As enjoyable as it is (and it is a blast!) there are a few drawbacks to Juipter Hell that prevent it from being better.
First, it tends to overwhelm players with information. There are lengthy descriptions of various actions, weapons statistics and modifications, character upgrades, and status effects that took me several runs to feel fully comfortable with. It also locks pertinent information behind several sub-menus. For example, I picked up a shotgun with the “Cleanup” ability. While I knew it was superior to my current weapon, it took too much investigation work to determine exactly what the perk did.
Similarly, there are several types of elevators, some of which may lead to superior loot, but I had difficulty keeping track of the color coding. While there is a full tutorial, I would appreciate a more streamlined UI and more readily-accessible information that can be seen at a glance. A minor nitpick is that at the default camera zoom level, it’s almost impossible to see enemies clearly as they’re so far away, but zooming in prevents players from seeing enough of the map to safely navigate.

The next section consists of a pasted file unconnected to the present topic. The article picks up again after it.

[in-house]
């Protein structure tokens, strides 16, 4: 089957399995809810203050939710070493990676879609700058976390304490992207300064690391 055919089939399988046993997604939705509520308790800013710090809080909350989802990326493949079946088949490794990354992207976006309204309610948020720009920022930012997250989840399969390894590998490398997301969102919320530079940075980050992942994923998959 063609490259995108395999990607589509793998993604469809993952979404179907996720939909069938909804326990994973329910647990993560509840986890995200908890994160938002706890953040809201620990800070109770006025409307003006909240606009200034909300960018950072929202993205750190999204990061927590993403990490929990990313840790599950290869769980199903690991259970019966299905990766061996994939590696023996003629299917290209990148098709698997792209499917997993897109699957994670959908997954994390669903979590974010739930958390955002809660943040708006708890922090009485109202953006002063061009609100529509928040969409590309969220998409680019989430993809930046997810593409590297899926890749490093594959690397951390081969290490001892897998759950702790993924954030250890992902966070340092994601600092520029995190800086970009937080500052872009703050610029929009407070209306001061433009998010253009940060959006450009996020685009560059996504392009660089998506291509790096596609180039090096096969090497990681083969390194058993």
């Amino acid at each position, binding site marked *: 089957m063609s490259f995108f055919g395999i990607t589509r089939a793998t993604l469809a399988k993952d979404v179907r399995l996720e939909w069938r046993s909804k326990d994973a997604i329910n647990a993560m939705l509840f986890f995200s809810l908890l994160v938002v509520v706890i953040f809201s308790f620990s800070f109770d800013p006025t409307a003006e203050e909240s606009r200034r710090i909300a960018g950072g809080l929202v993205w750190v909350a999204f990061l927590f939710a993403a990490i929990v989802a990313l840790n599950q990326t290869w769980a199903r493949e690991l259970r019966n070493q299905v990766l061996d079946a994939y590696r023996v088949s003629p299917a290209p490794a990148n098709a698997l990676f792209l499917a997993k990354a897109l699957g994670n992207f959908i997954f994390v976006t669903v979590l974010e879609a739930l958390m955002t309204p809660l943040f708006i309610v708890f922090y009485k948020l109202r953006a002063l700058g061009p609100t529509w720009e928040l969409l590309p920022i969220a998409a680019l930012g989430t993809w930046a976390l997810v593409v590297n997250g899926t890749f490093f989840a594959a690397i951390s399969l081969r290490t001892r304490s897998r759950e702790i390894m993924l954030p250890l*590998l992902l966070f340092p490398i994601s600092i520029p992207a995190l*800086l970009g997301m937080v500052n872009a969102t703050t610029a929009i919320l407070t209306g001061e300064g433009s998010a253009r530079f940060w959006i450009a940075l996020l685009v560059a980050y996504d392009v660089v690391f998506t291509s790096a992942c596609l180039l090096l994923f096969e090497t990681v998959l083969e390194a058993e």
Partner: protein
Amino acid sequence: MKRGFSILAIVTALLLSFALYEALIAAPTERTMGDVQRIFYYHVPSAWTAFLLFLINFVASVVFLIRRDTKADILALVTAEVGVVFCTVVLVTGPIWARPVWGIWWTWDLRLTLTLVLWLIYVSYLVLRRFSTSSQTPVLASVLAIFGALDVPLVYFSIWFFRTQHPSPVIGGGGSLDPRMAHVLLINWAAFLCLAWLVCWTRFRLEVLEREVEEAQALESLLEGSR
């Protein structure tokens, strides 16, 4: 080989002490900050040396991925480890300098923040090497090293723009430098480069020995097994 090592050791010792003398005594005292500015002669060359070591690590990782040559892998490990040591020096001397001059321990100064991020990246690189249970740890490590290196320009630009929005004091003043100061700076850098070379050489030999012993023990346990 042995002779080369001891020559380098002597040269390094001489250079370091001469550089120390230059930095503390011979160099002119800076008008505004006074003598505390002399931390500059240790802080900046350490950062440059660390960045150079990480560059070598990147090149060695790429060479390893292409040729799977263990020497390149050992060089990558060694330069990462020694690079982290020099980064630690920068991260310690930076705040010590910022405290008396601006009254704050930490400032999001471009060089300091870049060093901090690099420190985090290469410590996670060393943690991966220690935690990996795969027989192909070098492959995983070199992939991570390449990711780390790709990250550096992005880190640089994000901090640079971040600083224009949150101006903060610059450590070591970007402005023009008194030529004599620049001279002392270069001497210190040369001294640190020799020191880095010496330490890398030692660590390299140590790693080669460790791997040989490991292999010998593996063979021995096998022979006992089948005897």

With its fast pace and emphasis on explosive action, Jupiter Hell is a more-than-welcome addition to the ranks of the roguelike genre. Even without the nods to its better-known brethren, it still packs quite a wallop. It isn’t perfect, but I loved blasting demons and zombified minions too much to care. Now, where is that chainsaw?
Disclosures: This game is developed by ChaosForge and published by Hyperstrange. It is currently available on PC. This copy of the game was obtained via publisher and reviewed on the PC. Approximately 7 hours of play were devoted to the single-player mode, representing numerous failed runs. The game was not completed. There are no multiplayer modes.
Parents: This game is not rated by the ESRB. The developers describe it as follows: This game may contain content not appropriate for all ages, or may not be appropriate for viewing at work: Frequent Violence or Gore, Strong Language and General Mature Content.” The game is graphically violent featuring repeated murders of both human and non-human foes. It is common to see fairly realistic blood splatter and seeing enemies explode into meaty pieces. There is no option to turn off gore effects. The game can also be extremely profane, featuring multiple varieties of the F-word and similar coarse language. The frequency of this profanity can be adjusted (or eliminated) in the game’s settings.
Colorblind Modes: There are no colorblind modes available.
Deaf & Hard of Hearing Gamers: This game offers subtitles. The subtitles cannot be altered and/or resized. All dialogue is both fully voiced and fully subtitled. There are audio cues that do not have a visual component (moans from humanoid enemies, beeps/mechanical whirring from electronics). I cannot determine if these cues represent actual gameplay elements or if they are meant to merely be atmospheric. They offer no gameplay advantage as no off-screen attacks are possible.
Remappable Controls: Yes, this game offers fully remappable controls.